Posted in 2010, latest | Also tagged , |

Searching for Sebald (special editions)

In addition to the trade edition, three unique special editions of Searching for Sebald were produced by the Institute of Cultural Inquiry:

  • the Artist’s Edition, a limited edition of 100 housed in a unique vintage suitcase containing artworks by 20 contemporary artists ($1000; buy here);
  • the Collector’s Edition, housed in a black clamshell box with a drawer containing study documents, a magnifying glass and a stereoviewer ($200; buy here); and
  • the Reader’s Edition housed in a silver cardboard sleeve with study documents ($40, buy here)

For the Artist’s and Collector’s Editions, I produced limited edition artist’s projects. The Artist’s Edition has a set of small, sealed memory cases entitled no longer not yet. Some of these enclose photographs (the ‘no longer’ of the title) and a handful of wildflower seeds (the ‘not yet’), while others enclose dirt, sand, salt, raw pigments, and botanical materials including seeds.  In the second group, salt introduces a destructive (‘no longer’) potential into the  dormant (‘not yet’) miniature ecosystems. Each unique box thus is both an abstract landscape in the representational sense, and an actual low-relief landscape in the physical sense.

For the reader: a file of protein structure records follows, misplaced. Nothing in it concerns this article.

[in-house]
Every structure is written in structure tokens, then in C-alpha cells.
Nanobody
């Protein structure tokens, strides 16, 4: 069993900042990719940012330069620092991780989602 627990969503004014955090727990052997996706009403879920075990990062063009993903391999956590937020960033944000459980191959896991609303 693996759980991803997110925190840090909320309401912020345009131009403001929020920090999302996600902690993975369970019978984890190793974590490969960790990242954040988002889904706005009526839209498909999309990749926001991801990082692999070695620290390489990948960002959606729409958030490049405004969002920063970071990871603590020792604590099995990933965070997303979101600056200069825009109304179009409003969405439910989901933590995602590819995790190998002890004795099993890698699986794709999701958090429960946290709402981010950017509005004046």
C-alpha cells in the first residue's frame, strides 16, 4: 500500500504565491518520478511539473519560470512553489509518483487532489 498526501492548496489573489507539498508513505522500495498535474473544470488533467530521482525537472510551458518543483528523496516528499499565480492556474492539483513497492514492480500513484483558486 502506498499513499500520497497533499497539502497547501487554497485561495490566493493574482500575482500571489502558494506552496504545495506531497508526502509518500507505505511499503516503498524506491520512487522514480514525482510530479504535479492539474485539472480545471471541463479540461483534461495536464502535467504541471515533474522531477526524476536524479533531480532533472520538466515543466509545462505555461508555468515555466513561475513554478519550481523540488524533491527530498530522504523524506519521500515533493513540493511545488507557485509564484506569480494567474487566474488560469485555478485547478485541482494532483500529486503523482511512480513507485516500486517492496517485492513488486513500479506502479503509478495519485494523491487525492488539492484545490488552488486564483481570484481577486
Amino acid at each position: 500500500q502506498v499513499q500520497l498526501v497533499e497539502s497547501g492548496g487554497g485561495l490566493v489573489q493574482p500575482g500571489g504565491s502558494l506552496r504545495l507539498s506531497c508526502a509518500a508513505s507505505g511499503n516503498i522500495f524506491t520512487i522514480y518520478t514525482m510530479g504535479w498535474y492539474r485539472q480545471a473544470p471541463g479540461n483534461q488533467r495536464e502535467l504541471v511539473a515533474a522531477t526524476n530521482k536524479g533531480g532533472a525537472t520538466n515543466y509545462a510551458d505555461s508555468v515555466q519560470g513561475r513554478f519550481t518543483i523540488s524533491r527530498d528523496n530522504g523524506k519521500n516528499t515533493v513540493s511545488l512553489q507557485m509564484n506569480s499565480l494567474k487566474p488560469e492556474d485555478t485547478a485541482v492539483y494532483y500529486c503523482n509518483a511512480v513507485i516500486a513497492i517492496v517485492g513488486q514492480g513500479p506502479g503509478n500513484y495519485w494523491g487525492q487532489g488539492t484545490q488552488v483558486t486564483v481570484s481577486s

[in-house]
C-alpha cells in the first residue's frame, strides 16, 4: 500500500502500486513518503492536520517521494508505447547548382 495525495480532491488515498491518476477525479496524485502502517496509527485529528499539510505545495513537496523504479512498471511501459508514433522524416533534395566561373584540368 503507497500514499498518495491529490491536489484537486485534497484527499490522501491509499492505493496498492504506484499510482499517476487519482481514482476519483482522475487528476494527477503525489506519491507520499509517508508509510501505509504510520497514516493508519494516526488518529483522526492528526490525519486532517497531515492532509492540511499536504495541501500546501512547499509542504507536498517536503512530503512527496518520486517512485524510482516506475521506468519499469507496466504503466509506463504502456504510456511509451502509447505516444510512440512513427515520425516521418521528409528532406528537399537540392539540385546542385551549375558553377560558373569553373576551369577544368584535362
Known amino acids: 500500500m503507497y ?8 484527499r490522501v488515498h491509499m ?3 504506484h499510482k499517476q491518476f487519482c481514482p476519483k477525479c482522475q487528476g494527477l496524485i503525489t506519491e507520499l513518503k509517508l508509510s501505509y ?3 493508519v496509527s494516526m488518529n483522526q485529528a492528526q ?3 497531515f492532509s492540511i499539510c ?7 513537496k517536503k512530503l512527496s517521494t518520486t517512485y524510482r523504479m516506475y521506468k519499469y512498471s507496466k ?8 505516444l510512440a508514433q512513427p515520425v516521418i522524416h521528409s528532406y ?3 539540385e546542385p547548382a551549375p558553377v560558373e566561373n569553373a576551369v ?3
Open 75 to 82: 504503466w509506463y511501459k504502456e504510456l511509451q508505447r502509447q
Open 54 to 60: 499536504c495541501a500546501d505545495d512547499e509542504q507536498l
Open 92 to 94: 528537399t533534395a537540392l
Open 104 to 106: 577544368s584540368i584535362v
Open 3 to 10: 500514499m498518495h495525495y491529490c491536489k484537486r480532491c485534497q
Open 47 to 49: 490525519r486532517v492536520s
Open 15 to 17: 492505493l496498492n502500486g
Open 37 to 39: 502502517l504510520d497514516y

For the Collector’s Edition I created a single-sheet ‘study document’ that relates to the research I did for my essay in Searching for Sebald about a reclusive collector named Arturo Ott. Surrounding a closeup photograph of a page from one of Ott’s albums are 5 comparison images found in a related group of albums, with red lines connecting the pairs of similar images. The purpose of this visual comparison was an attempt to uncover the workings of Ott’s mind.


All of these editions can be ordered directly through the Institute of Cultural Inquiry at the links above (Paypal accepted).

Posted in 2010, books | Also tagged , , |